Will turkeys vote for Christmas?

MPC recently hosted a breakfast with the now Conservative Mayor for the Combined Authority for Cambridgeshire and Peterborough - Cllr James Palmer.  Unsurprisingly, given the nature of his powers and the challenges facing the region in its attempt to rival Silicon Valley, the conversation focused heavily on infrastructure. 

Perhaps controversially, James Palmer proposes dissolving Cambridgeshire County Council and giving additional powers to the District and City Councils, with his own combined authority acting as a strategic oversight.  It remains to be seen whether the 61 County Councillors (37 of whom are fellow Conservatives) will be the proverbial turkeys voting for Christmas, or whether he will have more of a fight on his hands than he anticipates. 

The bigger question though is will it work?  James Palmer wants greater efficiency by moving highways and planning under one administrative body.   Anyone working in the planning industry will have experienced delays and indecision caused by statutorily required ‘to-ing’ and ‘fro-ing’ between county highways and the local planning authority - so anything that improves this is to be welcomed.  However, would such a merger deliver the major infrastructure upgrades and development Cambridgeshire needs any faster, better, or cheaper than the current system?

The region already has a myriad of vested interests and varied constituent needs: differences between the cities and the villages that surround them; disconnected and often forgotten fenland areas; and the perennial ‘Town vs Gown’ challenge within Cambridge itself.  Factor in the poor track record of the planning authorities to work together and deliver the required housing numbers across the region, it is hard to see how they will align to prioritise, fund and deliver infrastructure which is not co-terminus with their spheres of influence.   If the sceptics are wrong and they can work together more effectively under a new structure, it will be highly beneficial for the region.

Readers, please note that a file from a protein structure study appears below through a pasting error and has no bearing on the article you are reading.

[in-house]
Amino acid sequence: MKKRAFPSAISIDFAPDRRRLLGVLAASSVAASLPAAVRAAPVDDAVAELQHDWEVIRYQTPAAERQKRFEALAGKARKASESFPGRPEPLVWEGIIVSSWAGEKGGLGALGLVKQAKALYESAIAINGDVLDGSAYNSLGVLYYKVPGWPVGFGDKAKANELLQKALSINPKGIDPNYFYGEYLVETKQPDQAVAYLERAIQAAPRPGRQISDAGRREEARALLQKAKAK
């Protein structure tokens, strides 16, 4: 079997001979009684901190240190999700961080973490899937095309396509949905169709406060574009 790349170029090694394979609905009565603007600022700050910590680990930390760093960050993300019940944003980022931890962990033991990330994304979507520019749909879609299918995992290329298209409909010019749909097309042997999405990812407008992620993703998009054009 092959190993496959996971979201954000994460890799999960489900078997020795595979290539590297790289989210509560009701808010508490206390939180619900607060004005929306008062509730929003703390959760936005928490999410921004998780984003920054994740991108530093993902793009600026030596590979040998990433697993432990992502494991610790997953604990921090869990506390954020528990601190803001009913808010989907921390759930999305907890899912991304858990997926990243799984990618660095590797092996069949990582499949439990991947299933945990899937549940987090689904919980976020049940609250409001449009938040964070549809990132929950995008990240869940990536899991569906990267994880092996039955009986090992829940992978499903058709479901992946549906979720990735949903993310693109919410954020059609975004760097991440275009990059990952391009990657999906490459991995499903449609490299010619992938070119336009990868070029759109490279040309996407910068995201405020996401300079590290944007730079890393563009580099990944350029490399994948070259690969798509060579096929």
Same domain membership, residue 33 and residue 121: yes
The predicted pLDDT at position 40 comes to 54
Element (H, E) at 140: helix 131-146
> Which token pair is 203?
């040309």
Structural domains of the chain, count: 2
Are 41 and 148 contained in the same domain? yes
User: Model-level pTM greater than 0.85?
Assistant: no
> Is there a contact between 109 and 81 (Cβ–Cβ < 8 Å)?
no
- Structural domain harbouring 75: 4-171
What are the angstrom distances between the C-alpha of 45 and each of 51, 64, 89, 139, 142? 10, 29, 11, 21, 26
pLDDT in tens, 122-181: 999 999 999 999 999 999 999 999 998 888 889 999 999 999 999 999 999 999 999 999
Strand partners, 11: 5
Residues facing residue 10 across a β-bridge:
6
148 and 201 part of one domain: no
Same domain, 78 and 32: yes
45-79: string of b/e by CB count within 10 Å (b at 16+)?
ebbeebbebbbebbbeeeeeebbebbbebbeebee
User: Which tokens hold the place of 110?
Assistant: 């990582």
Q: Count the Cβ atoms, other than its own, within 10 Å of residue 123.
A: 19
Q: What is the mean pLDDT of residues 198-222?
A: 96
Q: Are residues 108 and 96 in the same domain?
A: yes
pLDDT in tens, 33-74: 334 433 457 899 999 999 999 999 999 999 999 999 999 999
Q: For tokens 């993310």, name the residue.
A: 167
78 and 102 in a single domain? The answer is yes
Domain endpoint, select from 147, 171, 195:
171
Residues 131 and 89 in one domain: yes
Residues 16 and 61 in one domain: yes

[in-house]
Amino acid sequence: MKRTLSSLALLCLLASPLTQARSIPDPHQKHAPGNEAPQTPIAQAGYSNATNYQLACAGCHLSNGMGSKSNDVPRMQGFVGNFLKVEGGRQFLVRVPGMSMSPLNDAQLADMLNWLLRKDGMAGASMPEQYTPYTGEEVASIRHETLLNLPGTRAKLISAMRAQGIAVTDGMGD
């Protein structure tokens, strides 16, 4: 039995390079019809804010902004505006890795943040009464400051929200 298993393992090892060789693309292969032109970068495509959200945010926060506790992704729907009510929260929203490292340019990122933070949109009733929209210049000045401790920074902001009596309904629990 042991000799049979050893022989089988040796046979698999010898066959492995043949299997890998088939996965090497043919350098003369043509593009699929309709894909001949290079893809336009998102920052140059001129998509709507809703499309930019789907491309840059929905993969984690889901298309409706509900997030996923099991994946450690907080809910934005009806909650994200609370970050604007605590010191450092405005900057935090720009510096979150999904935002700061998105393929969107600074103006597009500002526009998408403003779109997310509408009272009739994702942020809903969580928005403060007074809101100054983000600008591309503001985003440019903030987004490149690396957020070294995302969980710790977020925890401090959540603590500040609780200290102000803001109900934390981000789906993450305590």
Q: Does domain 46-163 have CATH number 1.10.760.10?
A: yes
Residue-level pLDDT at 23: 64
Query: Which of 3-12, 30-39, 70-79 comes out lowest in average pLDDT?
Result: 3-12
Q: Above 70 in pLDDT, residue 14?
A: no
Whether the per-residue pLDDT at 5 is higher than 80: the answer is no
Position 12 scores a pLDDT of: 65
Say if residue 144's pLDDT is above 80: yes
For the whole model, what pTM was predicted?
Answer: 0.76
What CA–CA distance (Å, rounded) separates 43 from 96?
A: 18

Cllr Palmer also touched on his vision to prevent urban sprawl whilst allowing businesses in the area to grow and develop.  A vision he hopes to realise at least in part, through the use of light rail.  He is no fan of Cambridge’s guided bus system and believes light rail is a more efficient method of transportation allowing the creation and expansion of satellite towns whilst preventing urban sprawl. 

With many of our clients and projects, and even some of our staff resident under the jurisdiction of the new Mayor, we will watch how James Palmer tackles his new role with interest… 

MPC recently hosted a breakfast with the now Conservative Mayor for the Combined Authority for Cambridgeshire and Peterborough - Cllr James Palmer.  Unsurprisingly, given the nature of his powers and the challenges facing the region in its attempt to rival Silicon Valley, the conversation focused heavily on infrastructure. 

Perhaps controversially, James Palmer proposes dissolving Cambridgeshire County Council and giving additional powers to the District and City Councils, with his own combined authority acting as a strategic oversight.  It remains to be seen whether the 61 County Councillors (37 of whom are fellow Conservatives) will be the proverbial turkeys voting for Christmas, or whether he will have more of a fight on his hands than he anticipates. 

The bigger question though is will it work?  James Palmer wants greater efficiency by moving highways and planning under one administrative body.   Anyone working in the planning industry will have experienced delays and indecision caused by statutorily required ‘to-ing’ and ‘fro-ing’ between county highways and the local planning authority - so anything that improves this is to be welcomed.  However, would such a merger deliver the major infrastructure upgrades and development Cambridgeshire needs any faster, better, or cheaper than the current system?

The region already has a myriad of vested interests and varied constituent needs: differences between the cities and the villages that surround them; disconnected and often forgotten fenland areas; and the perennial ‘Town vs Gown’ challenge within Cambridge itself.  Factor in the poor track record of the planning authorities to work together and deliver the required housing numbers across the region, it is hard to see how they will align to prioritise, fund and deliver infrastructure which is not co-terminus with their spheres of influence.   If the sceptics are wrong and they can work together more effectively under a new structure, it will be highly beneficial for the region.

Cllr Palmer also touched on his vision to prevent urban sprawl whilst allowing businesses in the area to grow and develop.  A vision he hopes to realise at least in part, through the use of light rail.  He is no fan of Cambridge’s guided bus system and believes light rail is a more efficient method of transportation allowing the creation and expansion of satellite towns whilst preventing urban sprawl. 

With many of our clients and projects, and even some of our staff resident under the jurisdiction of the new Mayor, we will watch how James Palmer tackles his new role with interest… 

This article was written by Sereena Davey, Associate Director at MPC